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Telemarketing can be a convenient way to learn about products and services and to make purchases without leaving the comfort of your home. But consumers should be aware: while many telemarketers represent honest, reputable companies, there are others who will attempt to take your money.

The Federal Trade Commission (FTC) estimates that fraudulent telemarketers swindle American consumers out of more than one billion dollars each year. They promote everything from useless water purifiers to interests in nonexistent oil wells.


The heart of the telemarketing operation is usually centered in a "boiler room," a rented office space filled with desks, telephones, and experienced salespeople. These people spend their days talking to hundreds of potential victims all across the country. Older consumers, who may be lonely and trusting and may have savings, may be particularly vulnerable to con artists.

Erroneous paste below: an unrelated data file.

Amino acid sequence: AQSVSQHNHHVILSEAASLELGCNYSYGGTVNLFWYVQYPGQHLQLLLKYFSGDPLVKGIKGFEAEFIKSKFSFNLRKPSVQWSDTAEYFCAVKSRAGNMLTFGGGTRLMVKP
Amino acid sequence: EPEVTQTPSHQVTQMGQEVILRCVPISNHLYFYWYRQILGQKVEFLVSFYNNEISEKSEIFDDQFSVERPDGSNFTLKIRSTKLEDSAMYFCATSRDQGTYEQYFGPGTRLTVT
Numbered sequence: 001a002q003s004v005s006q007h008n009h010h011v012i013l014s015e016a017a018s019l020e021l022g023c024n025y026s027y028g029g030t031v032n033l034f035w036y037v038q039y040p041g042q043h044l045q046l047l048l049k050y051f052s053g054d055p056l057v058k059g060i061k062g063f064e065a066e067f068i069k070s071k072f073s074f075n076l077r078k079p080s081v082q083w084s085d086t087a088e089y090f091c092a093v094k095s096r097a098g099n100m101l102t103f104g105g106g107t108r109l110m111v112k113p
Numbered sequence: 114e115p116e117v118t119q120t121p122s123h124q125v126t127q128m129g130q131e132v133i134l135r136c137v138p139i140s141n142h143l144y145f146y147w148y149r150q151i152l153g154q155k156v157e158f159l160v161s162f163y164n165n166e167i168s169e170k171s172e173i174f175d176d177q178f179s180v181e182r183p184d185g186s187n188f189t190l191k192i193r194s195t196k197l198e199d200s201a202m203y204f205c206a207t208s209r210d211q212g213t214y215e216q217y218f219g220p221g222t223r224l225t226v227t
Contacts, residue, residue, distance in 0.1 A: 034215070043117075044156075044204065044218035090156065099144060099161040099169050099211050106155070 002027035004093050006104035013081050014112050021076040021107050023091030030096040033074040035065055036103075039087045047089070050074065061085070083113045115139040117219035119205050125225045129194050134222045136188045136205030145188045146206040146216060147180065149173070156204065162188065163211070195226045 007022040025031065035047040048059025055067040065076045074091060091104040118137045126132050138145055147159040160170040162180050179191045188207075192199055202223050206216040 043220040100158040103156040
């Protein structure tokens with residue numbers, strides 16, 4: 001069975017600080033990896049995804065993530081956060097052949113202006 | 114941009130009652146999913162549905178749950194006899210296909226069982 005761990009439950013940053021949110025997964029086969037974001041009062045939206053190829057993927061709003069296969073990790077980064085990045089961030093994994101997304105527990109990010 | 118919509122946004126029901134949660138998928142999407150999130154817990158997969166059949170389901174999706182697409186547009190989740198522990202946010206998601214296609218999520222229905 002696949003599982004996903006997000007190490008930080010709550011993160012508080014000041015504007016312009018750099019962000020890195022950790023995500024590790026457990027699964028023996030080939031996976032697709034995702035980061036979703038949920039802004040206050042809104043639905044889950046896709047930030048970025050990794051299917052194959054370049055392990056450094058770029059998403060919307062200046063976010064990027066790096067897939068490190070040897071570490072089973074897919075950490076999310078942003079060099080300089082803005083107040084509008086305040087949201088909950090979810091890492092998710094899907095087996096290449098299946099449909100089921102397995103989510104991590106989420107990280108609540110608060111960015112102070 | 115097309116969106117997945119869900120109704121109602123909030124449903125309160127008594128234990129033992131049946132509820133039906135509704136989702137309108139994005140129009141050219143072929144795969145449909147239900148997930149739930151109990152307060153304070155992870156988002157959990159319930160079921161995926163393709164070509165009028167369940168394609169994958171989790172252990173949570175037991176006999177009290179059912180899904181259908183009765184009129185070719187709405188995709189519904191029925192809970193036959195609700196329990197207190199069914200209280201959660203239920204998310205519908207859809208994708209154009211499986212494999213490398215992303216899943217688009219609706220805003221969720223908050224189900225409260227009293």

Fraudulent telemarketers and sellers may reach you in several ways, but the telephone always plays an important role.

* Cold calls. You may get a telephone call from a stranger who got your number from the telephone directory or a mailing list. A telemarketer calling from a boiler room may know, through a mailing list, your age, income, hobbies, marital status, and other information -- all to help personalize the call. This is the classic telemarketing scam.

* Direct mail. You may receive a letter or a postcard saying you have won a prize or contest, which often is a front for a scam. You are told to return the postcard with particular information. If you do, you will be called by a salesperson using persuasive sales pitches, scare tactics, and exaggerated claims to deceive you and take your money.

* Broadcast and print advertisements. You may make the telephone call yourself in some cases, in response to a television, newspaper, magazine advertisement, or a direct mail solicitation. However, just because you make the call does not mean the business is legitimate or that you should be any less cautious about buying or investing over the phone.